|Music Hall Surrounded by Maples - Madison WI|
In 1925 the first pamphlet about the UW campus trees was assembled by Charles E Brown. Then, in 1998 for the Wisconsin Sesquicentennial, The University released a pamphlet with maps for two tree walks. The first of those walks, the trees of Bascom Hill, is repeated here.
These pamphlets are hard to come by today. The State Historical Society has a copy which you can browse in their reading room only. The call number is 08-1126, ask circulation to fetch it for you. My version will differ somewhat from the 1998 tree walk. Some of the trees have been cleared to make way for facilities improvements ... and there are a few additions I have made.
BASCOM HILL TREE WALK MAP (FULL SCREEN LINK HERE)
In Europe sacred trees were often decorated with ribbons tied to lower branches. In trees that possessed a hollow, offerings of coins and buttons were placed inside. Sometimes great warriors were buried beneath a tree so that their spirit could be taken into the tree, making the tree a guardian against evil. American Indians believed in the spirits of trees and offered tobacco by burning it in their fires. A tree is a common symbol of life, being planted for occasions such as the birth of the child, the death of a parent, on a wedding day, or on the first day of moving into a new home.
The tree pictured here is located on the Yahara River Parkway near Rutledge St. It was part of a 2014 public art display by Thomas Ferrella.
TREE OF KNOWLEDGE
The first tree on my UW tree walk is not located on the map. I will let you try to find it. It is the Tree of Knowledge and is located near the base of Bascom Hill. This is the mark of The Riverside Press, commonly known as Houghton Mifflin. The words Tout Bien Ou Rien mean "all good or nothing". In other words, do something right or do not do it at all. An unidentified classical figure plays a musical instrument next to the rising sun alongside a river. The figure sits beneath the Tree of Knowledge. All of these symbols combine to express enlightenment and commitment.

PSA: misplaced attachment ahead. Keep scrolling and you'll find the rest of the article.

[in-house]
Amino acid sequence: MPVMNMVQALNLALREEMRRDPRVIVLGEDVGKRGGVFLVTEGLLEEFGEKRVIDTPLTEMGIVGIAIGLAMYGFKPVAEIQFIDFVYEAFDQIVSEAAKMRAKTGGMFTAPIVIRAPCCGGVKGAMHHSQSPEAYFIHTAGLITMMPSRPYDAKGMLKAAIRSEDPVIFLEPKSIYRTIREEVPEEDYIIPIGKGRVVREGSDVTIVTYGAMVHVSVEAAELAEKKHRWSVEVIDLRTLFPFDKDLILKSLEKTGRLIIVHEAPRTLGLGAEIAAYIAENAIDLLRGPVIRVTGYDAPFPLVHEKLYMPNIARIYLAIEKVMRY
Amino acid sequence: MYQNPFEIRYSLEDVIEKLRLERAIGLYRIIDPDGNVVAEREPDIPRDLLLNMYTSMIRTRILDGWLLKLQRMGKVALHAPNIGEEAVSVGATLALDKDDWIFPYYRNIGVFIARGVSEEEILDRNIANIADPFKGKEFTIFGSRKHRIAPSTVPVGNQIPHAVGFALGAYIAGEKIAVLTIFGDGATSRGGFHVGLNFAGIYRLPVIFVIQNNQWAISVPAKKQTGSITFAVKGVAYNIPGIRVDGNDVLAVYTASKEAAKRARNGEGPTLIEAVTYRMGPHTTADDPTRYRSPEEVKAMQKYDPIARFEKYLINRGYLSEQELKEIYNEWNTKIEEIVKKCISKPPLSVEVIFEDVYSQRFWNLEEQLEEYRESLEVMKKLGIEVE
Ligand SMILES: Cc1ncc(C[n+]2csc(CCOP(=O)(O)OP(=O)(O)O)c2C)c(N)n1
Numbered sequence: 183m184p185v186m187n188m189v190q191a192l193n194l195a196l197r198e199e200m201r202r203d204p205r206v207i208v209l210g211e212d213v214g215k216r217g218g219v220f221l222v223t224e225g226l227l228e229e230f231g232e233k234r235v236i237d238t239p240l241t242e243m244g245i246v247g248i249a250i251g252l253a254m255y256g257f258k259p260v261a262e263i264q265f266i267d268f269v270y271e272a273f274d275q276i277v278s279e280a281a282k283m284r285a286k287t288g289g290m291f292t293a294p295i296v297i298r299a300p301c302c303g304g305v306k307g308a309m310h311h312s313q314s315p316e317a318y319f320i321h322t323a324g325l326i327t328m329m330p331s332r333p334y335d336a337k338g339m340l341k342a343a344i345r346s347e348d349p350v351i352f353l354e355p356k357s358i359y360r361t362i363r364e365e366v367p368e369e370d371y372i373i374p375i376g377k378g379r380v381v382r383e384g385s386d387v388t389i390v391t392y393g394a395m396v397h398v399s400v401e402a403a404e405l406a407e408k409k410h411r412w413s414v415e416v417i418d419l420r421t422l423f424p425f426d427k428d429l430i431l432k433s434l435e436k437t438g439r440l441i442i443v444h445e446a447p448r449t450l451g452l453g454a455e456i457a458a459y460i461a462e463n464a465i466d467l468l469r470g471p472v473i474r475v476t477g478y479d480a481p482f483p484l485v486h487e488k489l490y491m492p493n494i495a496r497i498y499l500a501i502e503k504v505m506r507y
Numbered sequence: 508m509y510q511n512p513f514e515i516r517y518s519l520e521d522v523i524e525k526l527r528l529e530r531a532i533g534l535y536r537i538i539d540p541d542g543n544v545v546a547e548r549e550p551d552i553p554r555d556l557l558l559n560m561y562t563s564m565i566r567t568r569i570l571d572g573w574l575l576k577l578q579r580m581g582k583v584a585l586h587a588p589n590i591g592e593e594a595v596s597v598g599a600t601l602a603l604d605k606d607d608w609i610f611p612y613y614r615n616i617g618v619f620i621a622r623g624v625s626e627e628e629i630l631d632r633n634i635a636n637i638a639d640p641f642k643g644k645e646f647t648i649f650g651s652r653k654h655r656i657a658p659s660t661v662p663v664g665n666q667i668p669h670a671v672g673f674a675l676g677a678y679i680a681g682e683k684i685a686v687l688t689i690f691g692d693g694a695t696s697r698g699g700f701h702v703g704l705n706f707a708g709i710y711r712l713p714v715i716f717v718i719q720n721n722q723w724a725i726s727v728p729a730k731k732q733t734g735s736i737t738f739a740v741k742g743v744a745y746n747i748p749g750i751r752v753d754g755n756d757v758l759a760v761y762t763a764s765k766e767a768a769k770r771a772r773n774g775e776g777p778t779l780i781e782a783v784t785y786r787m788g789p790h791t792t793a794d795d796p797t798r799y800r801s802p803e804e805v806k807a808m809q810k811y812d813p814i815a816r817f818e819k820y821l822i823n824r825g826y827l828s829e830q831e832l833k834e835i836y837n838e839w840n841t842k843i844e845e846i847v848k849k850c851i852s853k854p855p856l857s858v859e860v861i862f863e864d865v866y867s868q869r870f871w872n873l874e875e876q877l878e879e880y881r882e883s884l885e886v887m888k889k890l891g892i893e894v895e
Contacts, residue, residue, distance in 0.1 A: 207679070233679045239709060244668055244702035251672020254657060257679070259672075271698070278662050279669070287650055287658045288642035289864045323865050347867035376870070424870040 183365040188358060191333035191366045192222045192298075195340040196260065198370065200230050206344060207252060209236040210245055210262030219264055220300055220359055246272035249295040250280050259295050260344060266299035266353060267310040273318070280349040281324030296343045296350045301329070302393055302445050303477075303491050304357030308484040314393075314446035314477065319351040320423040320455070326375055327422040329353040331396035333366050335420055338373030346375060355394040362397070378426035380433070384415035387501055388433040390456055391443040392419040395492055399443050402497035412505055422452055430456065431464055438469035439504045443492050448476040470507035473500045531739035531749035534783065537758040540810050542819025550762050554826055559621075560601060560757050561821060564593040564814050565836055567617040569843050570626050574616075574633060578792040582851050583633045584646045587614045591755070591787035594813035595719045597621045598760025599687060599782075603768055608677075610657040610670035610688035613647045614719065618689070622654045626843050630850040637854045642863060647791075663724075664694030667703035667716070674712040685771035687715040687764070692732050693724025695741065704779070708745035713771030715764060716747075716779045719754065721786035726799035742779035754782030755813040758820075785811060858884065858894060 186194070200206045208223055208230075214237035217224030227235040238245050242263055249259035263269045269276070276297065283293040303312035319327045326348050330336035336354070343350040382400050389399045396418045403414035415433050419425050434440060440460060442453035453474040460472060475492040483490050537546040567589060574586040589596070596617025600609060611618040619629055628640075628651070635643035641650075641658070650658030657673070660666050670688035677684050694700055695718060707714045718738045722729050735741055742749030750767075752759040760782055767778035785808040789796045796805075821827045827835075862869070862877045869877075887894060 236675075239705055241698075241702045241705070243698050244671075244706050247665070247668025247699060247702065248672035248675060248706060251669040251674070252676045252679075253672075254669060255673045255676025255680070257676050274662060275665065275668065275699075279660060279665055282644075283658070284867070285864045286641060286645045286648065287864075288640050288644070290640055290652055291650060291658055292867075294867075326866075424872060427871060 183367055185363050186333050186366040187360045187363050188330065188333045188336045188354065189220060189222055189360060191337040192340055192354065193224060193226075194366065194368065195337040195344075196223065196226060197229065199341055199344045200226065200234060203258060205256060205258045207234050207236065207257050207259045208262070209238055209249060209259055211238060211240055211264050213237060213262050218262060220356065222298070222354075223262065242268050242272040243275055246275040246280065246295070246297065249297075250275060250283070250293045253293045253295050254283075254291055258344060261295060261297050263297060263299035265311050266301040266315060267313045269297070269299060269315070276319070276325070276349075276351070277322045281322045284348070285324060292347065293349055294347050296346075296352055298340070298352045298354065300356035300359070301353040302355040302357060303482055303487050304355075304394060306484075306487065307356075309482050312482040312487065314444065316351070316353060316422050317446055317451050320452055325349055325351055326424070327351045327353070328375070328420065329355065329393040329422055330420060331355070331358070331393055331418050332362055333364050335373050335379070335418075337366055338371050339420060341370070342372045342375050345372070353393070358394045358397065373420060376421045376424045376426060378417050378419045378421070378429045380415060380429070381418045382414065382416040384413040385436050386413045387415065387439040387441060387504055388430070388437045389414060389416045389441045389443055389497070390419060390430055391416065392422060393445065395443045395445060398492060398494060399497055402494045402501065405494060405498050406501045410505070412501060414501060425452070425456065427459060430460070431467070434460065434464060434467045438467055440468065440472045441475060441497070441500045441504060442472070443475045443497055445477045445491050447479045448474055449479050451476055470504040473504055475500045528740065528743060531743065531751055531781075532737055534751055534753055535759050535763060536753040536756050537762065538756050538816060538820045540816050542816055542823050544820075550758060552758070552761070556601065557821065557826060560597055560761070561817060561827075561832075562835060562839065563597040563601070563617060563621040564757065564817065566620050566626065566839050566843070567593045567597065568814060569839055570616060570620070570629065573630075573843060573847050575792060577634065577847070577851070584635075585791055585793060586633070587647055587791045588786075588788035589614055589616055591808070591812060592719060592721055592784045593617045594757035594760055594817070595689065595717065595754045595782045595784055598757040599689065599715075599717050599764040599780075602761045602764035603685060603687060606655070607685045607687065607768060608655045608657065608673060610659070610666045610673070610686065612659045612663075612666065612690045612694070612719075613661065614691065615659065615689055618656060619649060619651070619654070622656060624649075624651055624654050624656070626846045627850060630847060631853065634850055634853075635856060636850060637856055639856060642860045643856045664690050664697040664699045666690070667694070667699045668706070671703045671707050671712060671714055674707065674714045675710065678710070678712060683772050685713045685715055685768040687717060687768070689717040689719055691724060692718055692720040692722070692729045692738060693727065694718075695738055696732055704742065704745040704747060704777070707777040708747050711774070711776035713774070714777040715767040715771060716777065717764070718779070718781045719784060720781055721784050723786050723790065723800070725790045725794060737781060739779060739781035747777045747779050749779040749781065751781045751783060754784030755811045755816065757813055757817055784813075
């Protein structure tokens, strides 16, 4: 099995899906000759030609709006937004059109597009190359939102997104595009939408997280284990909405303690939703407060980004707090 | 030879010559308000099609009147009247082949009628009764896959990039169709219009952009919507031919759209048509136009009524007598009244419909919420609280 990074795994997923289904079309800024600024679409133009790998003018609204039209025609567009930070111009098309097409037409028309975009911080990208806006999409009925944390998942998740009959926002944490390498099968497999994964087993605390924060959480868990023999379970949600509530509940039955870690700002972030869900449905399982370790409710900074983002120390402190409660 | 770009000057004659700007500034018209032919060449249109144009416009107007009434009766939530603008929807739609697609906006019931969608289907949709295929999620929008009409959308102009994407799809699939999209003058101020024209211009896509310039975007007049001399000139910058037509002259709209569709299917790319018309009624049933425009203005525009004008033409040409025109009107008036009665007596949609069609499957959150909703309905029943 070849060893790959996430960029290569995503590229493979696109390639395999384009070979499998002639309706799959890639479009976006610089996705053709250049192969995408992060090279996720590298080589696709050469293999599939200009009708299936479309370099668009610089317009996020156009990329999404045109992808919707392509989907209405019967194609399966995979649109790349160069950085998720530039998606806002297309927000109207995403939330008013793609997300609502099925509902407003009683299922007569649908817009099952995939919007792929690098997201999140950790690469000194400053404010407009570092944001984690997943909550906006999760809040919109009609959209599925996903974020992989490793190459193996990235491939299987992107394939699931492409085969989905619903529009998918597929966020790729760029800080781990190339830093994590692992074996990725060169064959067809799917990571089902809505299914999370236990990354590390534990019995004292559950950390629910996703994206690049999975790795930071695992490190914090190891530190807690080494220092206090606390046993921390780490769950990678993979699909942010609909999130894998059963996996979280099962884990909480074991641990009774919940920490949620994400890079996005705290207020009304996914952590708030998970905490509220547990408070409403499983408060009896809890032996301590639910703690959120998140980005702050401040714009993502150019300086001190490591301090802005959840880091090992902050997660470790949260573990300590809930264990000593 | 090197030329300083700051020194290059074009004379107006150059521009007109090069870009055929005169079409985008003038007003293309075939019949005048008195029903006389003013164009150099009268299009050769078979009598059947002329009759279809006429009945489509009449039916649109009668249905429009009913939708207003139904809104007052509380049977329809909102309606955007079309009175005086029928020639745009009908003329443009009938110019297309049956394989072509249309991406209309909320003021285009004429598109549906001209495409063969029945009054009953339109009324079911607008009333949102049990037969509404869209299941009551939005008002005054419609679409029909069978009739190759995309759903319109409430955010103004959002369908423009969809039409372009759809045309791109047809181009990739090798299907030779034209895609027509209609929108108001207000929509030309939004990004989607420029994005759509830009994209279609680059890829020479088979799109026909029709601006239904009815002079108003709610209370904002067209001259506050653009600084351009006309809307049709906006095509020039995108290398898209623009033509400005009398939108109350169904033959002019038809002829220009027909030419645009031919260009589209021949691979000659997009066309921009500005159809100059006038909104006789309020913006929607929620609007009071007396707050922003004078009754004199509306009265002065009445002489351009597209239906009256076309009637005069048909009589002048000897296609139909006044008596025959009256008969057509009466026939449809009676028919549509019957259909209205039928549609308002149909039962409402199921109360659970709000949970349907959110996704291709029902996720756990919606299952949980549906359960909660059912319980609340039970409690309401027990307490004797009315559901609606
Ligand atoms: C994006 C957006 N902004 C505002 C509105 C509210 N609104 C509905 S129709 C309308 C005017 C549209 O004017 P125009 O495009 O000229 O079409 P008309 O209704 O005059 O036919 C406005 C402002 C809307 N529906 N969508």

#1 BLACK LOCUST
The black locust is a native of southeastern United States. Its bark and leaves are toxic, though its seed pods are edible raw or boiled. It's wood is strong and rot resistant making it prized for furniture making. It can grow on nutrient poor soils because it is a nitrogen fixer - meaning it brings nitrogen from the air and places it in the soil, effectively providing its own fertilizer.
#2 REGAL HYBRID ELM
This particular regal is resistant to the Dutch Elm disease. It is a resistant clone developed on the UW campus by Professors Smalley and Lester and was introduced in 1983.
#3 SUGAR MAPLE
It is popular for its fall foliage and its sap can be extracted in spring and made into maple sugar and syrup.
#4 AMERICAN LINDEN
The Linden is also featured in the title of one of my all-time favorite short stories. Read it here: Three Lindens by Herman Hesse
#5 WHITE OAK
#6 EUROPEAN LARCH
This tree is native to China and Korea. It is often planted outside Buddhist temples. A profusion of white petals can create a white carpet beneath the tree. This tree is the largest of its kind growing in Wisconsin - making it an outright state champion tree.
#8 SHAGBARK HICKORY
#9 AMUR MAPLE
The amur maple and its cousin the tatarian are perhaps the most photogenic on campus. They can be planted close to buildings and in this case they are both planted near the entrance to Music Hall.
#10 TATARIAN MAPLE
This is a hardy tree and the first to leaf out in spring. It produces a fragrant yellow-white flower - an unusual trait among Maples
This graceful and delicate tree provides a range of leaf colors: reddish purple as the leaves emerge, bluish green in the summer, and yellow to apricot in fall. Some say that the fall leaves provide a cinnamon/brown sugar fragrance.